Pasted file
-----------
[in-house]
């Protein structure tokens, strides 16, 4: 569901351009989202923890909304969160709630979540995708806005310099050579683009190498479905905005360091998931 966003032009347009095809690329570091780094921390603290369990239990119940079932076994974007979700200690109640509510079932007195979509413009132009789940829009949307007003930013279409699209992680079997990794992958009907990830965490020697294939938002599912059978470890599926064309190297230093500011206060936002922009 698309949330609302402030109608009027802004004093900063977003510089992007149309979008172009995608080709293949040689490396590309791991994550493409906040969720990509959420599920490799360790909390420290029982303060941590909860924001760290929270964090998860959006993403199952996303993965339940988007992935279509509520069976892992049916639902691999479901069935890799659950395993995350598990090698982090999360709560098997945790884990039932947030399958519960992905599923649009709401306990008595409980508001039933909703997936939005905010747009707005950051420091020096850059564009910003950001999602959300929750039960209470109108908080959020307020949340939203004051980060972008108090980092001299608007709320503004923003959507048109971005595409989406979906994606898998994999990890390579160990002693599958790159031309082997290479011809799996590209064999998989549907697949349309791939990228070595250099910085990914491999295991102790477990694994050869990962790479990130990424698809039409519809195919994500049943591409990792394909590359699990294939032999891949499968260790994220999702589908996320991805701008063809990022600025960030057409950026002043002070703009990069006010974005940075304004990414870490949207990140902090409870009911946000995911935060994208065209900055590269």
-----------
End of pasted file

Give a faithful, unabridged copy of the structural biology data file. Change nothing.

[in-house]
């Protein structure tokens, strides 16, 4: 569901351009989202923890909304969160709630979540995708806005310099050579683009190498479905905005360091998931 966003032009347009095809690329570091780094921390603290369990239990119940079932076994974007979700200690109640509510079932007195979509413009132009789940829009949307007003930013279409699209992680079997990794992958009907990830965490020697294939938002599912059978470890599926064309190297230093500011206060936002922009 698309949330609302402030109608009027802004004093900063977003510089992007149309979008172009995608080709293949040689490396590309791991994550493409906040969720990509959420599920490799360790909390420290029982303060941590909860924001760290929270964090998860959006993403199952996303993965339940988007992935279509509520069976892992049916639902691999479901069935890799659950395993995350598990090698982090999360709560098997945790884990039932947030399958519960992905599923649009709401306990008595409980508001039933909703997936939005905010747009707005950051420091020096850059564009910003950001999602959300929750039960209470109108908080959020307020949340939203004051980060972008108090980092001299608007709320503004923003959507048109971005595409989406979906994606898998994999990890390579160990002693599958790159031309082997290479011809799996590209064999998989549907697949349309791939990228070595250099910085990914491999295991102790477990694994050869990962790479990130990424698809039409519809195919994500049943591409990792394909590359699990294939032999891949499968260790994220999702589908996320991805701008063809990022600025960030057409950026002043002070703009990069006010974005940075304004990414870490949207990140902090409870009911946000995911935060994208065209900055590269």